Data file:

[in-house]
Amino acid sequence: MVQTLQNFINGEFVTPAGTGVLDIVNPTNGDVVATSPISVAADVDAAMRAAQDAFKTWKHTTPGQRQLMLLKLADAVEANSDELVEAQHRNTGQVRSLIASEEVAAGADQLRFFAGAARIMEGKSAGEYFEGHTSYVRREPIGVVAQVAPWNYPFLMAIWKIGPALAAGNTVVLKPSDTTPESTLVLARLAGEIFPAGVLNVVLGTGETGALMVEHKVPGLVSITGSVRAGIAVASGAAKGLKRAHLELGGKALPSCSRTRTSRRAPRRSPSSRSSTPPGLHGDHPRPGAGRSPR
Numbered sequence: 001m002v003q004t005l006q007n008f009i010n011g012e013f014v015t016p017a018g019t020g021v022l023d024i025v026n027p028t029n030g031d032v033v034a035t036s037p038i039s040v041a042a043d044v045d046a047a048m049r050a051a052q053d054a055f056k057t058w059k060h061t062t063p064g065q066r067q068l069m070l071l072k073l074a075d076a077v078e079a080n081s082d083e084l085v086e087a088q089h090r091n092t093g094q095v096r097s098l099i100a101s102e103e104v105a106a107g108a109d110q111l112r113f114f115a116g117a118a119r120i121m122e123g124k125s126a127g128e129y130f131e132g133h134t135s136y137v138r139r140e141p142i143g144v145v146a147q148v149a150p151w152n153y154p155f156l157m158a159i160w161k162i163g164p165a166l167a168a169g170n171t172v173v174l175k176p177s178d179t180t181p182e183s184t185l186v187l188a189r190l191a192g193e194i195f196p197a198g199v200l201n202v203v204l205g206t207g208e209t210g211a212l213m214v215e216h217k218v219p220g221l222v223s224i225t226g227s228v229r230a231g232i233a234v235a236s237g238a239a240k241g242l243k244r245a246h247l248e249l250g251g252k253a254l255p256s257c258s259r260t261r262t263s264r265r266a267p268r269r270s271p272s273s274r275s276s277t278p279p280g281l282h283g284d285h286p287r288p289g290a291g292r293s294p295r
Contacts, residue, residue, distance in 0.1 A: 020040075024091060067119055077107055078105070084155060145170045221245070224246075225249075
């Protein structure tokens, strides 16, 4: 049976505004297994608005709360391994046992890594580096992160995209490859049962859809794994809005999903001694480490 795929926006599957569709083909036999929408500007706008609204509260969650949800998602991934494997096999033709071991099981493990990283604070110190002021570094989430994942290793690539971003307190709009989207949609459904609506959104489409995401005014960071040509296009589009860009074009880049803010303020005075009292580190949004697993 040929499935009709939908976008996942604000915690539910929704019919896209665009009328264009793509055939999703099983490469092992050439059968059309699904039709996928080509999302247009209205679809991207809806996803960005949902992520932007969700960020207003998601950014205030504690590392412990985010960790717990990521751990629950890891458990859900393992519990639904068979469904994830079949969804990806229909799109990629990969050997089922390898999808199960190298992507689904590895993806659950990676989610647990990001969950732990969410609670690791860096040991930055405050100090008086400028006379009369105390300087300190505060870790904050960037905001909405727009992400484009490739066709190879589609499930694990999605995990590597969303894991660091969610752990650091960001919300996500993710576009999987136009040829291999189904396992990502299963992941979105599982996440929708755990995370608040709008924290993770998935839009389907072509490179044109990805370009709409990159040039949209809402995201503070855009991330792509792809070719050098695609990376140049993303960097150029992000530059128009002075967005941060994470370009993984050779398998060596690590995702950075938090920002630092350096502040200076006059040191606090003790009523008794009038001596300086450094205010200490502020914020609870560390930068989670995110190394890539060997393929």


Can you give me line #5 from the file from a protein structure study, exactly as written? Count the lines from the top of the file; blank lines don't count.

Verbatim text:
């Protein structure tokens, strides 16, 4: 049976505004297994608005709360391994046992890594580096992160995209490859049962859809794994809005999903001694480490 795929926006599957569709083909036999929408500007706008609204509260969650949800998602991934494997096999033709071991099981493990990283604070110190002021570094989430994942290793690539971003307190709009989207949609459904609506959104489409995401005014960071040509296009589009860009074009880049803010303020005075009292580190949004697993 040929499935009709939908976008996942604000915690539910929704019919896209665009009328264009793509055939999703099983490469092992050439059968059309699904039709996928080509999302247009209205679809991207809806996803960005949902992520932007969700960020207003998601950014205030504690590392412990985010960790717990990521751990629950890891458990859900393992519990639904068979469904994830079949969804990806229909799109990629990969050997089922390898999808199960190298992507689904590895993806659950990676989610647990990001969950732990969410609670690791860096040991930055405050100090008086400028006379009369105390300087300190505060870790904050960037905001909405727009992400484009490739066709190879589609499930694990999605995990590597969303894991660091969610752990650091960001919300996500993710576009999987136009040829291999189904396992990502299963992941979105599982996440929708755990995370608040709008924290993770998935839009389907072509490179044109990805370009709409990159040039949209809402995201503070855009991330792509792809070719050098695609990376140049993303960097150029992000530059128009002075967005941060994470370009993984050779398998060596690590995702950075938090920002630092350096502040200076006059040191606090003790009523008794009038001596300086450094205010200490502020914020609870560390930068989670995110190394890539060997393929």